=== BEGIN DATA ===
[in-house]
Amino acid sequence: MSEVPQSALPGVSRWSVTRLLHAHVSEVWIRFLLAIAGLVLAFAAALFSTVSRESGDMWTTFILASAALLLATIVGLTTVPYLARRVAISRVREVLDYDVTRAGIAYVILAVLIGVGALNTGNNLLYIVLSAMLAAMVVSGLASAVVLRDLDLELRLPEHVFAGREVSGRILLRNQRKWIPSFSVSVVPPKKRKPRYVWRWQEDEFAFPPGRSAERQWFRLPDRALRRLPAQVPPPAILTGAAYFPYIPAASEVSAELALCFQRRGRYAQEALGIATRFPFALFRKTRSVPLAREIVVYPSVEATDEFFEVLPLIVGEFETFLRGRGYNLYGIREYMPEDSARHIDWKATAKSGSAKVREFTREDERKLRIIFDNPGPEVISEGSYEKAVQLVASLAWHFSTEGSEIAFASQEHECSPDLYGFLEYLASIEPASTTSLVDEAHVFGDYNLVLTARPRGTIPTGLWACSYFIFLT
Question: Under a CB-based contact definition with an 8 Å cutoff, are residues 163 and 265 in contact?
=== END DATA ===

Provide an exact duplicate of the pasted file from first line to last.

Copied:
[in-house]
Amino acid sequence: MSEVPQSALPGVSRWSVTRLLHAHVSEVWIRFLLAIAGLVLAFAAALFSTVSRESGDMWTTFILASAALLLATIVGLTTVPYLARRVAISRVREVLDYDVTRAGIAYVILAVLIGVGALNTGNNLLYIVLSAMLAAMVVSGLASAVVLRDLDLELRLPEHVFAGREVSGRILLRNQRKWIPSFSVSVVPPKKRKPRYVWRWQEDEFAFPPGRSAERQWFRLPDRALRRLPAQVPPPAILTGAAYFPYIPAASEVSAELALCFQRRGRYAQEALGIATRFPFALFRKTRSVPLAREIVVYPSVEATDEFFEVLPLIVGEFETFLRGRGYNLYGIREYMPEDSARHIDWKATAKSGSAKVREFTREDERKLRIIFDNPGPEVISEGSYEKAVQLVASLAWHFSTEGSEIAFASQEHECSPDLYGFLEYLASIEPASTTSLVDEAHVFGDYNLVLTARPRGTIPTGLWACSYFIFLT
Question: Under a CB-based contact definition with an 8 Å cutoff, are residues 163 and 265 in contact?